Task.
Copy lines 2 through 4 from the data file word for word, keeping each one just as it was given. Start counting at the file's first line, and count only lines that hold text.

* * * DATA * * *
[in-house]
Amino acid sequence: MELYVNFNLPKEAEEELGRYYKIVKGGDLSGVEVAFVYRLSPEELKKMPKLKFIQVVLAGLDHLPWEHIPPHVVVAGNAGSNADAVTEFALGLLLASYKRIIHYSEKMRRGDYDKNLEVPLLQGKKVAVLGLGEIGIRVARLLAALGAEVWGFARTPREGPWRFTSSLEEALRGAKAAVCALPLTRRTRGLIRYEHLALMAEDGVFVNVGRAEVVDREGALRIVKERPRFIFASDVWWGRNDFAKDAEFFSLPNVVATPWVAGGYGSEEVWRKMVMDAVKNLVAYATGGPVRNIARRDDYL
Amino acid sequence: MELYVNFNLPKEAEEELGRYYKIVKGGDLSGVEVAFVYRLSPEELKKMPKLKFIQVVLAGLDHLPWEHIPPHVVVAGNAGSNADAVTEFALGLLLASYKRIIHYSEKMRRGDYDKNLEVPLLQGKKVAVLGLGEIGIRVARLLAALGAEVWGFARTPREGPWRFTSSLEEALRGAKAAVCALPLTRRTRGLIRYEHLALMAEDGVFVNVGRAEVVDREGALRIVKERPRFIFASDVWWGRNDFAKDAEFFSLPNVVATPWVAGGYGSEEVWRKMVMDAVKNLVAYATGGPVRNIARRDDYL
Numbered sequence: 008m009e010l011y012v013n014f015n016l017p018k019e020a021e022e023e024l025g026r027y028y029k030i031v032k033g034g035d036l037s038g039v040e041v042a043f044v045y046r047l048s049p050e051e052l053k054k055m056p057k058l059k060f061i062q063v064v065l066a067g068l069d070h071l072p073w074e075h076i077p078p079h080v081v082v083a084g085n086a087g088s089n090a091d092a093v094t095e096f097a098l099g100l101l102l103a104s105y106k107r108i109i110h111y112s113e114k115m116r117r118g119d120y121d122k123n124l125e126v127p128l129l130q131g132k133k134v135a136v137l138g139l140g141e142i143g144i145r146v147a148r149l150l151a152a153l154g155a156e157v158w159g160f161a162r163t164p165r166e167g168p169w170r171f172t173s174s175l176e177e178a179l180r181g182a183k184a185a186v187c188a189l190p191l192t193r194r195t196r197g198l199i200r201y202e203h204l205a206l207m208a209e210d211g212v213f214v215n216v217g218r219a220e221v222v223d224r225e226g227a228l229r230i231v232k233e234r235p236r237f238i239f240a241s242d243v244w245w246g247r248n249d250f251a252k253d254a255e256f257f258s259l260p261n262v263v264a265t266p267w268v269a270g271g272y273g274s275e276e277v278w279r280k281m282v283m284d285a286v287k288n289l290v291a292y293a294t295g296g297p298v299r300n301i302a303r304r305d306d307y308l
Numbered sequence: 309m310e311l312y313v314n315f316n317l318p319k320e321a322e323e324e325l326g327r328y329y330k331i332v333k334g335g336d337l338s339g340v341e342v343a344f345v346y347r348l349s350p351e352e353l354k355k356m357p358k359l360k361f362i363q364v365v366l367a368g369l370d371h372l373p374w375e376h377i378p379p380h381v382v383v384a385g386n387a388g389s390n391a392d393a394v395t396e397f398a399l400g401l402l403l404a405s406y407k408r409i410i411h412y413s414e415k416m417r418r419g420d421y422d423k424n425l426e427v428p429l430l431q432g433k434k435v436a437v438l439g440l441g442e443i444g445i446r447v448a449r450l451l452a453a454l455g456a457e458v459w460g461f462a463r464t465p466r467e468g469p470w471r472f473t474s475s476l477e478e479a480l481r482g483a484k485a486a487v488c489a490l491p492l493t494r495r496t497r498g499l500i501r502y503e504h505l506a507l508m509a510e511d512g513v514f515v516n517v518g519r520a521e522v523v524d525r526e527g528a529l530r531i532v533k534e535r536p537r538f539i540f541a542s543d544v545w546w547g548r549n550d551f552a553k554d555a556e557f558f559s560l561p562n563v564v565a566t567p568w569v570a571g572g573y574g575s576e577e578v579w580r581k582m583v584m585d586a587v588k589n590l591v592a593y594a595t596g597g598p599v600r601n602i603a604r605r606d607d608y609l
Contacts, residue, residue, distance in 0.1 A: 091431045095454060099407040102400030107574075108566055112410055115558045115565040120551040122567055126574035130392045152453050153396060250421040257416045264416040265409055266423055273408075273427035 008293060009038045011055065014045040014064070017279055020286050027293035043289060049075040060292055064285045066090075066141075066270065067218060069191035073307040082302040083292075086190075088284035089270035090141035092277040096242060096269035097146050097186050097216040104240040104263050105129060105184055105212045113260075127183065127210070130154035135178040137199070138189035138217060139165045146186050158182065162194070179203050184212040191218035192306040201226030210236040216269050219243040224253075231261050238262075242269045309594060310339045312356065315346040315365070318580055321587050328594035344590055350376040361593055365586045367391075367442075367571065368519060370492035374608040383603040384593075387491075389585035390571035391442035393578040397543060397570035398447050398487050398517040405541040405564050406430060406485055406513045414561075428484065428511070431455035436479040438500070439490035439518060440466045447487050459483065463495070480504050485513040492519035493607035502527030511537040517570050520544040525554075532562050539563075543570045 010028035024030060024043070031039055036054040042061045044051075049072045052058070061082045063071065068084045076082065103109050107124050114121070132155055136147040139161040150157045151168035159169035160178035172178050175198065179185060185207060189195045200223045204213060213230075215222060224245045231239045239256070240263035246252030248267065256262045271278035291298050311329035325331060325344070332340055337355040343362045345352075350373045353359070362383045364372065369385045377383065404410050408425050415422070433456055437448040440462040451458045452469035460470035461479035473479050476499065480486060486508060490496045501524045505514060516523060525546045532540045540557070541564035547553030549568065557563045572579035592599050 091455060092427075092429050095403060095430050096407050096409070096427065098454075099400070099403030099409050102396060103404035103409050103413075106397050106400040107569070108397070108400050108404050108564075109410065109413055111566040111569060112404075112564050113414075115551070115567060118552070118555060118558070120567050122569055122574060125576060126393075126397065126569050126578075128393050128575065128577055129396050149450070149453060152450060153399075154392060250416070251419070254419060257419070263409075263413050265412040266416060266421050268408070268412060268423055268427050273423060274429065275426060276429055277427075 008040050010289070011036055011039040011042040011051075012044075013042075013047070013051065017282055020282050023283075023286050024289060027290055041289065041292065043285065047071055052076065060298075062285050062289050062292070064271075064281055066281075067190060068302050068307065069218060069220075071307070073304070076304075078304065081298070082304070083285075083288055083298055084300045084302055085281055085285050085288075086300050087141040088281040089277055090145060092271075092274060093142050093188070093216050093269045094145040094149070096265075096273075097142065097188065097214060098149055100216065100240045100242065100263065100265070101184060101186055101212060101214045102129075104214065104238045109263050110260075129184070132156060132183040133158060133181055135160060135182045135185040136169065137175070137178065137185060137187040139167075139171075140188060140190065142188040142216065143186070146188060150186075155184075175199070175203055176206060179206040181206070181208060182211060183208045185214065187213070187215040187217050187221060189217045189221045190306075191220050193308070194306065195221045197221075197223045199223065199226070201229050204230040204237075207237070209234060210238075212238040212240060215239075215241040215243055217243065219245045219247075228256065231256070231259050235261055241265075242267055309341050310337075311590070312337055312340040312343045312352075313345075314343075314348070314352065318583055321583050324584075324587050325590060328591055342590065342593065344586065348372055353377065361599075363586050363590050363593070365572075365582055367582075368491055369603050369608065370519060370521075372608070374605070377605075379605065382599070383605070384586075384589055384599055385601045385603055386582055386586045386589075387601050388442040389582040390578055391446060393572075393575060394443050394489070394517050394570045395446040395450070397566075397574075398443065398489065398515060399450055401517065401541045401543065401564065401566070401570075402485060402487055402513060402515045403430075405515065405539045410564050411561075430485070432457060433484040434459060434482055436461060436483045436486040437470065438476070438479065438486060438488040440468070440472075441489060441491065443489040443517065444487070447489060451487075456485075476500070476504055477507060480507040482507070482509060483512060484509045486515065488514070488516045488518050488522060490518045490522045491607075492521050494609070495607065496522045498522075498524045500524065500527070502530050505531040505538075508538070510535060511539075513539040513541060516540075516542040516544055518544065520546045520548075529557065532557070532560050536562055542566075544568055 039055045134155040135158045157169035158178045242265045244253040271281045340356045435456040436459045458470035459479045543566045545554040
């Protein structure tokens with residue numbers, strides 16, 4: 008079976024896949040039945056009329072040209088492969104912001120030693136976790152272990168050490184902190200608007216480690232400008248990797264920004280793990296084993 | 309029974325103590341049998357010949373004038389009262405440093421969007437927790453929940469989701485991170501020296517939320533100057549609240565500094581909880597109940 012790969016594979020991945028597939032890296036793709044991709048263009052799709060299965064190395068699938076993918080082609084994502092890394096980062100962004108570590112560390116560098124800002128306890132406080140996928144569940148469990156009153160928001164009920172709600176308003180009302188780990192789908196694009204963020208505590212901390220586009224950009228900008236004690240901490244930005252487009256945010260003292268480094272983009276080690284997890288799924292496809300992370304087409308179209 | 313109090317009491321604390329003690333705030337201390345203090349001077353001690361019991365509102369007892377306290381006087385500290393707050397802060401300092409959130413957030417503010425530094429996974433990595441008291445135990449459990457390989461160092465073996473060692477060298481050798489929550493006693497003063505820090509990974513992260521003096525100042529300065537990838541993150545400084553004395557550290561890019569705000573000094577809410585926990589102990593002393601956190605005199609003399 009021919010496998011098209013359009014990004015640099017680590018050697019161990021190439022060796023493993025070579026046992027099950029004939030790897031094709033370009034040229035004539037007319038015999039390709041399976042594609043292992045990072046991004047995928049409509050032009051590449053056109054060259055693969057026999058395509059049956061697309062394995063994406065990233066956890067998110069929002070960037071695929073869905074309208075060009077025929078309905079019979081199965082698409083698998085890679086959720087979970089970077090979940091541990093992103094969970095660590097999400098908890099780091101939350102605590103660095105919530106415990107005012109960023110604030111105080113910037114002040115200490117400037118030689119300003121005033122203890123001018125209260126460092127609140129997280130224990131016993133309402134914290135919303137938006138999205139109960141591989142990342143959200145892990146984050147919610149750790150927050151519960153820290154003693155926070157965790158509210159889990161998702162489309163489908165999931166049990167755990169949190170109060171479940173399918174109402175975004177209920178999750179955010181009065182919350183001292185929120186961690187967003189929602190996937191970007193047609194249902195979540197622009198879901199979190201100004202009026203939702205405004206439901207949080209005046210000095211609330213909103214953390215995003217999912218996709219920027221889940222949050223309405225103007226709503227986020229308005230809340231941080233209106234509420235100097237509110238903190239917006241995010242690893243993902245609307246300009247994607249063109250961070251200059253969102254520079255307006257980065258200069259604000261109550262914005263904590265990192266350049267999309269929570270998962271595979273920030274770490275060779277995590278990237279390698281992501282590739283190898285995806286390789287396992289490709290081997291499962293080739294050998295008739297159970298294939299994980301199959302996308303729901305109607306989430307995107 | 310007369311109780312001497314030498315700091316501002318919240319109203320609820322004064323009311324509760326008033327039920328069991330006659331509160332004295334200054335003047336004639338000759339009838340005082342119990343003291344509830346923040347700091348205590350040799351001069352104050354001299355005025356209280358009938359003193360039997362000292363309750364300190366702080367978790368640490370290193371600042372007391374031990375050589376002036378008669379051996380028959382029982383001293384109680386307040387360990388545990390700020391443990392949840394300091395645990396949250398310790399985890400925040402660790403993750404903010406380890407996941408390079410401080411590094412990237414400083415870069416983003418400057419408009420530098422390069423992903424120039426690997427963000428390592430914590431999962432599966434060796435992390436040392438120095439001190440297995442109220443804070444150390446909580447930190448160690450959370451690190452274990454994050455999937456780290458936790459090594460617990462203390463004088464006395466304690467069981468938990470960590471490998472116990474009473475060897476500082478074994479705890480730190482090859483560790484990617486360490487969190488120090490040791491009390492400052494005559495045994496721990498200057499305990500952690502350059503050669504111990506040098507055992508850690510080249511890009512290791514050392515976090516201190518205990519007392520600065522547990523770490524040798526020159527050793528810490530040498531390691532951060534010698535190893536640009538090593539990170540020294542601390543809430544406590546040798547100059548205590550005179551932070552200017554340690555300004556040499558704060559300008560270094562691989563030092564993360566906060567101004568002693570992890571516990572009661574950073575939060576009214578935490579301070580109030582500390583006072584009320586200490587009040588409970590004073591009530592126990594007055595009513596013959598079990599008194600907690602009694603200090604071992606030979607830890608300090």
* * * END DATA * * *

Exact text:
Amino acid sequence: MELYVNFNLPKEAEEELGRYYKIVKGGDLSGVEVAFVYRLSPEELKKMPKLKFIQVVLAGLDHLPWEHIPPHVVVAGNAGSNADAVTEFALGLLLASYKRIIHYSEKMRRGDYDKNLEVPLLQGKKVAVLGLGEIGIRVARLLAALGAEVWGFARTPREGPWRFTSSLEEALRGAKAAVCALPLTRRTRGLIRYEHLALMAEDGVFVNVGRAEVVDREGALRIVKERPRFIFASDVWWGRNDFAKDAEFFSLPNVVATPWVAGGYGSEEVWRKMVMDAVKNLVAYATGGPVRNIARRDDYL
Amino acid sequence: MELYVNFNLPKEAEEELGRYYKIVKGGDLSGVEVAFVYRLSPEELKKMPKLKFIQVVLAGLDHLPWEHIPPHVVVAGNAGSNADAVTEFALGLLLASYKRIIHYSEKMRRGDYDKNLEVPLLQGKKVAVLGLGEIGIRVARLLAALGAEVWGFARTPREGPWRFTSSLEEALRGAKAAVCALPLTRRTRGLIRYEHLALMAEDGVFVNVGRAEVVDREGALRIVKERPRFIFASDVWWGRNDFAKDAEFFSLPNVVATPWVAGGYGSEEVWRKMVMDAVKNLVAYATGGPVRNIARRDDYL
Numbered sequence: 008m009e010l011y012v013n014f015n016l017p018k019e020a021e022e023e024l025g026r027y028y029k030i031v032k033g034g035d036l037s038g039v040e041v042a043f044v045y046r047l048s049p050e051e052l053k054k055m056p057k058l059k060f061i062q063v064v065l066a067g068l069d070h071l072p073w074e075h076i077p078p079h080v081v082v083a084g085n086a087g088s089n090a091d092a093v094t095e096f097a098l099g100l101l102l103a104s105y106k107r108i109i110h111y112s113e114k115m116r117r118g119d120y121d122k123n124l125e126v127p128l129l130q131g132k133k134v135a136v137l138g139l140g141e142i143g144i145r146v147a148r149l150l151a152a153l154g155a156e157v158w159g160f161a162r163t164p165r166e167g168p169w170r171f172t173s174s175l176e177e178a179l180r181g182a183k184a185a186v187c188a189l190p191l192t193r194r195t196r197g198l199i200r201y202e203h204l205a206l207m208a209e210d211g212v213f214v215n216v217g218r219a220e221v222v223d224r225e226g227a228l229r230i231v232k233e234r235p236r237f238i239f240a241s242d243v244w245w246g247r248n249d250f251a252k253d254a255e256f257f258s259l260p261n262v263v264a265t266p267w268v269a270g271g272y273g274s275e276e277v278w279r280k281m282v283m284d285a286v287k288n289l290v291a292y293a294t295g296g297p298v299r300n301i302a303r304r305d306d307y308l